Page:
Despite the dire situation, Joy still loved all three of her children and decided to redouble her efforts to regain some of what they once had.  Wisdom again advised her to leave Envy, and again she ignored him.  Compassion told her that sons needed a father.  Wisdom warned her that the boys, now of age, had made their choices and had chosen their father.  Compassion pleaded with her to try once more to reclaim them.  And although a mother’s love is stronger than all else in heaven or on earth, it is sometimes foolishly weakened by hope and a desire for what can never be.  This was the fate that had befallen Joy as she turned a blind eye to all else and in blissful ignorance planned one last attempt to win over her children.

As was the custom in days gone by, when time was gauged by daybreaks and night falls, not tracked by clocks and calendars, families celebrated birthdays on a day of their own choosing each year.  One special day to be shared by all.  Her children’s birthday approaching, she could tell from the nip in the evening air, Joy thought this to be the perfect occasion to bring her family together and bind them all in merriment and happiness with good food and a few magical pleasures.  Gratitude helped her harvest the juiciest apples from the orchard and plucked the hardiest carrots from the ground.  Together they pulled up potatoes and picked the last of the beans and carried their bounty to the kitchen where Joy would mingle it with magic and sprinkle it with love and create a feast like none they had ever had before.

“Just look at all this, mother!” Gratitude gazed upon the harvest baskets in amazement.

“Indeed, my dearest daughter, we have much to be thankful for.”  Joy smiled as she bent down, touched the tip of her finger to her daughter’s nose, and kissed the top of her head.  The two whistled and sang and chopped and stirred as the afternoon flew by, and when darkness came they lit candles and called the rest of the family around the table.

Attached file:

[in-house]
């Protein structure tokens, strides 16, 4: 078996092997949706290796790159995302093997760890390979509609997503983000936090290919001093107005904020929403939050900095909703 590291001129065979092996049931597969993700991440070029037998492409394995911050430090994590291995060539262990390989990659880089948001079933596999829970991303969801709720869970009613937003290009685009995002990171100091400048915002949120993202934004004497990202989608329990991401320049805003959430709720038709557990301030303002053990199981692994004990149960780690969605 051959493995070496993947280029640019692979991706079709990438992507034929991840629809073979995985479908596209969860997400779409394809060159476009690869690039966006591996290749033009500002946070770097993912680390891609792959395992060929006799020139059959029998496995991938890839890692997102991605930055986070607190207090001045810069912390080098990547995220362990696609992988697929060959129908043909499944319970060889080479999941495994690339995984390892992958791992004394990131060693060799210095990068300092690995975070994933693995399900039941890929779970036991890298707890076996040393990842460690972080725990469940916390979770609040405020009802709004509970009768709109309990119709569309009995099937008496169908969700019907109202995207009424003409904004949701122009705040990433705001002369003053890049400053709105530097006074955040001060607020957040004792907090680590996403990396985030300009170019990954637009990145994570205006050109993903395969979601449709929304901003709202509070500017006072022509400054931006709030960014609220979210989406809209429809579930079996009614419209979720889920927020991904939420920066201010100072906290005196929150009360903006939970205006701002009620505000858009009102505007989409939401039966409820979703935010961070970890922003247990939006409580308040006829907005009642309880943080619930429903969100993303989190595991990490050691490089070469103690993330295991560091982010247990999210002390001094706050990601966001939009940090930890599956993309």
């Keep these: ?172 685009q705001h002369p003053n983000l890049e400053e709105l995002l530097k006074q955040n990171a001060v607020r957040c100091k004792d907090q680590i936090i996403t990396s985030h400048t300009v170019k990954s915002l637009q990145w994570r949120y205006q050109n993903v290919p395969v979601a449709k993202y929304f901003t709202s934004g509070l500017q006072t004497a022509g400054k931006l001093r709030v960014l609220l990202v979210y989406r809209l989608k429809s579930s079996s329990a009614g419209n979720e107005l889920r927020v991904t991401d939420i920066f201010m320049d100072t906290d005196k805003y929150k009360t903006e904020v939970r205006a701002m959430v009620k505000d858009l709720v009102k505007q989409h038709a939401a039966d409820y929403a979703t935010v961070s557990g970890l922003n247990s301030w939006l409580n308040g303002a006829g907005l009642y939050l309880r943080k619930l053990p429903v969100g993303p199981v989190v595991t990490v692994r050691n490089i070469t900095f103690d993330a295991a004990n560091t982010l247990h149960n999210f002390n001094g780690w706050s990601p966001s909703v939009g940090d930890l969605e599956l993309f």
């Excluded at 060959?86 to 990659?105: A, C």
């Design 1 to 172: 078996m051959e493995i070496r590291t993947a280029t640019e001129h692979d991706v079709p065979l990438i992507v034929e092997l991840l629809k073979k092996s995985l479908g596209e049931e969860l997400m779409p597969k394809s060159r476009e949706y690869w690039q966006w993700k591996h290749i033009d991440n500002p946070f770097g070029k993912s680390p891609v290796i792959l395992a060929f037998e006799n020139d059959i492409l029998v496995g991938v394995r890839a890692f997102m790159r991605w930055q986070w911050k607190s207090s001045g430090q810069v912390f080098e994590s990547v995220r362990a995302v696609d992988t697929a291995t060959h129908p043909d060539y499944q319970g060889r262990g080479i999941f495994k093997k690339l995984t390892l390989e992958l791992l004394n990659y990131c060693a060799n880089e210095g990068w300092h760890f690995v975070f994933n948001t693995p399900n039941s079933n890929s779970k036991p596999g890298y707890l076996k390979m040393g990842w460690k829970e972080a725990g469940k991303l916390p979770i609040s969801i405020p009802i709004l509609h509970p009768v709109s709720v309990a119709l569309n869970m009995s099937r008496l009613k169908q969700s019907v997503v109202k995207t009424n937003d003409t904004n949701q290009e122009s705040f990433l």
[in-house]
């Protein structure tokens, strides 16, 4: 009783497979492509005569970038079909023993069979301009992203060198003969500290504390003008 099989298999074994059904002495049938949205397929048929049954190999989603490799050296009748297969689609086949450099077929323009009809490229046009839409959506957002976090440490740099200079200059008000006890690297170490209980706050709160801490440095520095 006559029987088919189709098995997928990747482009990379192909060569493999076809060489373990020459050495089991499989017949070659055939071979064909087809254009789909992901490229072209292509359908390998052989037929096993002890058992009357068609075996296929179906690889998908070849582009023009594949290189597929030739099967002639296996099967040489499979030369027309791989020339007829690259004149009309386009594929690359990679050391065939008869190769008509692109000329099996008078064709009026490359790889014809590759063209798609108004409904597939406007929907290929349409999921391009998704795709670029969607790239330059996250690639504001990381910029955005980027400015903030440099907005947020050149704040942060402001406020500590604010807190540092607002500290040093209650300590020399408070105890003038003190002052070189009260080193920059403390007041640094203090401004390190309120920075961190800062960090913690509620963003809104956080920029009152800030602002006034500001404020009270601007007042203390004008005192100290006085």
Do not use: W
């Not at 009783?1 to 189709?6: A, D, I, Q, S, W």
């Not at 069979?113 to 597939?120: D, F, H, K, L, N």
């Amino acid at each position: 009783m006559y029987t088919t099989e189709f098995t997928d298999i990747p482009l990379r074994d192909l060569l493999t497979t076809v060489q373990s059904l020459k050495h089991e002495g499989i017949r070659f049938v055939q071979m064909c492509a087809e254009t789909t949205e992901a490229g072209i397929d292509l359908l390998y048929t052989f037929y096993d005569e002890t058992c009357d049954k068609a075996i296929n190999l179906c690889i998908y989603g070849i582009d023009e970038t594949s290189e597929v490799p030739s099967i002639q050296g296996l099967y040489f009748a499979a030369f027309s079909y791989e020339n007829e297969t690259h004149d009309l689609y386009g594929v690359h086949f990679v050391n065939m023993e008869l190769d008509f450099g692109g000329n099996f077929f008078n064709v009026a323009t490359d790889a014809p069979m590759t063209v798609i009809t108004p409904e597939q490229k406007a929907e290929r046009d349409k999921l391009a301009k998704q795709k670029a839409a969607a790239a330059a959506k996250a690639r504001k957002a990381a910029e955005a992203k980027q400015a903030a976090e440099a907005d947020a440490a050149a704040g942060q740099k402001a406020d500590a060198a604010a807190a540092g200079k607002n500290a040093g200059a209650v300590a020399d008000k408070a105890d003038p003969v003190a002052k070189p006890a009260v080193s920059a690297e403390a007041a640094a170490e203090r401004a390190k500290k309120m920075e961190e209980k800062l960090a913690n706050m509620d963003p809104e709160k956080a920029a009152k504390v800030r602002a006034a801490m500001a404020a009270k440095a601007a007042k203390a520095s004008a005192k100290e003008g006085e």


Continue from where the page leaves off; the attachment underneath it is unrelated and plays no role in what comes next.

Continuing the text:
Uneasiness settled in around them as Worry and Envy took their seats.  Comparison was the last to arrive, taking note of the portion sizes on each of the plates.  He said nothing, but silently noted that his brother had more, and resolved to get the biggest piece of the pie when it came time for dessert.    Worry saw the sideways glance his brother laid upon him and his mind ran wild, imagining all the things he could have done wrong to draw such a look.  Envy, seeing the glow surrounding his wife and daughter, desired a piece of their happiness but was too distracted with Worry and Comparison to join in their enjoyment of the meal.  A day of joyful gratitude was no match for years of envy, worry, and comparison; and by the end of the celebratory dinner both mother and daughter were weak.

Joy had one last gift to bestow upon her children and, as she stood from the table, all eyes were upon her.  Reaching out in front of her, she held her palms toward the ceiling, tilted her head back slightly, and closed her eyes.  She summoned the powers of nature, calling forth forces of heaven and earth and above the table stars began to twinkle and snowflakes began to fall.  Gratitude was delighted by the show and clapped her hands in excitement.

“Oh thank you, Mother! Thank you!”

“Shut up,” said Worry.  “You’ll distract her and it’ll all turn to rain.”

Gratitude was silenced and Joy pushed on.  Opening her eyes and pointing a finger at each of her children in turn, Joy placed in front of them each their own single, perfect snowflake, large as a platter and shimmering silver in the candlelight.  The snowflakes spun slowly in front of each child, and as they turned they played a tune that danced through the air and tickled their ears.  Gratitude giggled with glee and Joy’s heart swelled with happiness.